No doubt, 2018 is a year in which local news publishers are focusing on reader revenue, whether that’s membership programs, paywalls and subscriptions, or something more creative. So why is LION, a nonprofit supporting local independent online news organizations, launching a program that will help publishers launch and grow advertising sales programs? The short answer is that no single method will make a local news business sustainable. In most cases, it will take a combination of revenue streams.
Consciously or not, editors are already involved in news organizations’ revenue strategies. It’s time for them to be more intentional about it. First, let’s just say upfront that “tear down the wall” analogies are inadequate. There should be a large, immoveable force between the sale of advertising and the newsroom’s judgment about what kinds of stories are covered, how they’re covered, and the staff’s ability to pursue them.
Local independent online news publishers are reaching out to readers in the wake of Facebook's decision to "remove news from its News Feed," warning them that they might no longer see breaking news and accountability journalism on crucial matters in their community. Many are using it as an impetus to sign readers up for direct notification of local stories via email newsletter.
@kenkrayeske I mean, why WOULDN'T there be? But of course it would be met with the inevitable "Trump is the real enemy" stuff, when primaries should be a healthy part of the process in a single-party dominated state. (Hint, hint, Connecticut.)
How is it not INSANE that Menendez is seeking re-election and that no Democrats inside New Jersey our out are calling on him to not? There can be a wide gap between mistrial and even "not guilty" and ethical behavior for an elected official.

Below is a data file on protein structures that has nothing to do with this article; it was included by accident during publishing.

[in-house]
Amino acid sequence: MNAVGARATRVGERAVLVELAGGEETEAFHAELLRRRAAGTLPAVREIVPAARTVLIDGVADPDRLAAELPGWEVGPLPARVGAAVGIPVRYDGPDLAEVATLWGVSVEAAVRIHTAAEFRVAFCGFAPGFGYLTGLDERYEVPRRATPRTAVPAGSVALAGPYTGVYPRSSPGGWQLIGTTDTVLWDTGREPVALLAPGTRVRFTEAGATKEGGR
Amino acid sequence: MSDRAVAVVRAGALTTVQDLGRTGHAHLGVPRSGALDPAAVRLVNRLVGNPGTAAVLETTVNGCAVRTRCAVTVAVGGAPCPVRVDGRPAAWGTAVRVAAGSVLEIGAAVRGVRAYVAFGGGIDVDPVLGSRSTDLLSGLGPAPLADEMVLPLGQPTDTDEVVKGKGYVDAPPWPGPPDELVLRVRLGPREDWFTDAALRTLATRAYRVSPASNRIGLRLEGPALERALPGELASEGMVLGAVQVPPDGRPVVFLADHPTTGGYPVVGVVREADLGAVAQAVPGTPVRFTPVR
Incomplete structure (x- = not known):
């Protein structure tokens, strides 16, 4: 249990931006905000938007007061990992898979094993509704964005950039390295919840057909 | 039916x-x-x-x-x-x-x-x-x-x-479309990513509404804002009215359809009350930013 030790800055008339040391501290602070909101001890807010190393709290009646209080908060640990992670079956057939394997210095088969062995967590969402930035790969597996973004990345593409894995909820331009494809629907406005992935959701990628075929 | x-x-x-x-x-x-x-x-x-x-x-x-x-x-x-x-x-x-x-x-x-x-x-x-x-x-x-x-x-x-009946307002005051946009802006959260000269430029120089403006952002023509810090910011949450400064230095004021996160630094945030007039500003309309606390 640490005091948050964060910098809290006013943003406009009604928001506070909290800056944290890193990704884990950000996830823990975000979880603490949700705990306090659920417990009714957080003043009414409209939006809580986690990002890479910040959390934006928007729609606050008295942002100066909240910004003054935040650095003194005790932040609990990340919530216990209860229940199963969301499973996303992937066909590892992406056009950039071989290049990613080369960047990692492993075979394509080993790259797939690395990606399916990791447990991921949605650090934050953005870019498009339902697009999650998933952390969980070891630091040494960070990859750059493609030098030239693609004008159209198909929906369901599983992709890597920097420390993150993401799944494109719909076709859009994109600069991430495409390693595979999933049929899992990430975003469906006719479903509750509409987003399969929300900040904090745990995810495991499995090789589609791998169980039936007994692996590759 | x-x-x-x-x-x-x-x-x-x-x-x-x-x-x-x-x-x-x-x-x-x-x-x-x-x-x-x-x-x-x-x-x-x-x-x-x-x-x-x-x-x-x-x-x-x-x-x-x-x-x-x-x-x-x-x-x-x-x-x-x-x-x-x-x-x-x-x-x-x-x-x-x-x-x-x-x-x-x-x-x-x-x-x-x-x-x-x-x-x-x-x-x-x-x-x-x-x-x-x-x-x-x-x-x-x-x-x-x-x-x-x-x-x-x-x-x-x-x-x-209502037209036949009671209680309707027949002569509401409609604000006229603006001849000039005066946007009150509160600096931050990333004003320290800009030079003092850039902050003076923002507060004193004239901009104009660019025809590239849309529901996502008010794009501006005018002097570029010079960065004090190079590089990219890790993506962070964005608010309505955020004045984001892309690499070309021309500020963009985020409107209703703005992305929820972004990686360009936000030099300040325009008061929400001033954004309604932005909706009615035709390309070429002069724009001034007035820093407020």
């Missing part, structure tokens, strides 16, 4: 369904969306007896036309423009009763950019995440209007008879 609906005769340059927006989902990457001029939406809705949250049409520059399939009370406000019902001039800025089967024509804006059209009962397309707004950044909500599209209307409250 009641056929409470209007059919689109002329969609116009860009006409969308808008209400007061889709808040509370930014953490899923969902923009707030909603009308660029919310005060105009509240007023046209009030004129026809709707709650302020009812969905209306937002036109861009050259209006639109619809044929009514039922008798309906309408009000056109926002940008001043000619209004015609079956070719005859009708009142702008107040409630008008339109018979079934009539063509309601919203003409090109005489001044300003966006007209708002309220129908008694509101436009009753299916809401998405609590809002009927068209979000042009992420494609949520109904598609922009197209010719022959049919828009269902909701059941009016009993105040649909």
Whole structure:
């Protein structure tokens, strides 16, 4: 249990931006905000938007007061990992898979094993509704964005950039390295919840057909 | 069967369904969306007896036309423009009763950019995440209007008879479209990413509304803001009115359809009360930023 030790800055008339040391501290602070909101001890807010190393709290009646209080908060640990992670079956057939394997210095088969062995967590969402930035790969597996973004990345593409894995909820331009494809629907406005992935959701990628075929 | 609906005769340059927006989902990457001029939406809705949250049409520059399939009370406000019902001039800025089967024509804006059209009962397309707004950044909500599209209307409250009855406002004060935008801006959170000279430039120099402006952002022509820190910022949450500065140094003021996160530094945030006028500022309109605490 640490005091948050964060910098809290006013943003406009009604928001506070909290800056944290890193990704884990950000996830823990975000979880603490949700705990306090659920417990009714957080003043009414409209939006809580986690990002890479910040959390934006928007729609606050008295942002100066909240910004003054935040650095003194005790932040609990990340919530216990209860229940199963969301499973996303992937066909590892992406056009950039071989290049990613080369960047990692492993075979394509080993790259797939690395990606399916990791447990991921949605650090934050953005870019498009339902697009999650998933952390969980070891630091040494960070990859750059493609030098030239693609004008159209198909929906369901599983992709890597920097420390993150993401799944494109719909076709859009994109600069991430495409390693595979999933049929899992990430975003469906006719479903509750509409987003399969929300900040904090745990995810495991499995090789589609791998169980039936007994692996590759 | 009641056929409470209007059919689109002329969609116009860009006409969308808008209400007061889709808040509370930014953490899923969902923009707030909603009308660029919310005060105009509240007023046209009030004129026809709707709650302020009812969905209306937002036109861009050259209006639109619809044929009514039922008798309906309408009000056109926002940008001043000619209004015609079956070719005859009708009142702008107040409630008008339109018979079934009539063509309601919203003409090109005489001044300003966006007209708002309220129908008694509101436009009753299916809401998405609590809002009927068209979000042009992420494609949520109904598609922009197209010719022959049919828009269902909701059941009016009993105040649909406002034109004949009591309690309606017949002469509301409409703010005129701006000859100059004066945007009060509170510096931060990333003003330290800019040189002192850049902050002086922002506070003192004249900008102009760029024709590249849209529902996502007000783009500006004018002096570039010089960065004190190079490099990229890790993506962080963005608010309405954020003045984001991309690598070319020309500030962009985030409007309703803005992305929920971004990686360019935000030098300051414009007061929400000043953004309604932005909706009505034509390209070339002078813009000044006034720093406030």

Muck Rack makes it simple to find people, tweets, or articles that mention any name, keyword, company, hashtag etc. We've compiled this guide to help you make the most of your search.
Selecting a term
Start searching tweets, articles from media outlets, articles mentioned in tweets, journalists'
names, titles and bios with some suggested searches:
Companies or Topics (e.g. iPhone, Microsoft)
Phrases (e.g. "cloud computing") — use quotes to keep the terms together
Twitter handles (e.g. @username) — returns those who have mentioned or replied to
Names (e.g. "David Pogue")
Hashtags (e.g. #sxsw, #london2012)
Bio details (e.g. vegan, Olympics, father)
Muck Rack's Advanced Search allows for many boolean operators.
Find results that mention multiple specified terms, use AND or
+. For example, ensure each result contains both Elon Musk and Mark Zuckerberg by
searching Musk AND Zuckerberg or Musk + Zuckerberg.
Use the operators OR or , to broaden your search when you'd like either of
multiple terms to appear in results. (This is the default behavior of our search when no operators
are used). For example, results will contain either cake or cookie by searching cake OR cookie or cake,cookie
Use NOT or - to subtract results from your search. For
example, searching Disney will yield results about the Walt Disney Company as well as Walt Disney
World Resort. To exclude mentions of Disney World, search for Disney -World or Disney
When using one of these operators with a phrase, enclose it in quotation marks. For example, you can
find results about smartphones excluding Apple's iPhone 4S by searching smartphone -"iPhone
Exact case matching or punctuation
If you're searching for a brand name or keyword that relies on specific punctuation marks or capitalization, you can
find results that match your exact query by adding matchcase: before the keyword you're searching for, like matchcase:E*TRADE .
Use parentheses to separate multiple
boolean phrases. For example, to find journalists talking about having fun in Disney World or
Disneyland, search for ("disney world" OR disneyland) AND fun.
An asterisk can be used to search for any variation of a root word truncated by the asterisk. For example, searching for admin* will return results for administrator, administration, administer, administered, etc.
A near operator is an AND operator where you can control the distance between the words. You can vary the distance the near operation uses by adding a forward slash and number (between 0-99) such as strawberries NEAR/10 "whipped cream", which means the strawberries must exist within 10 words of "whipped cream".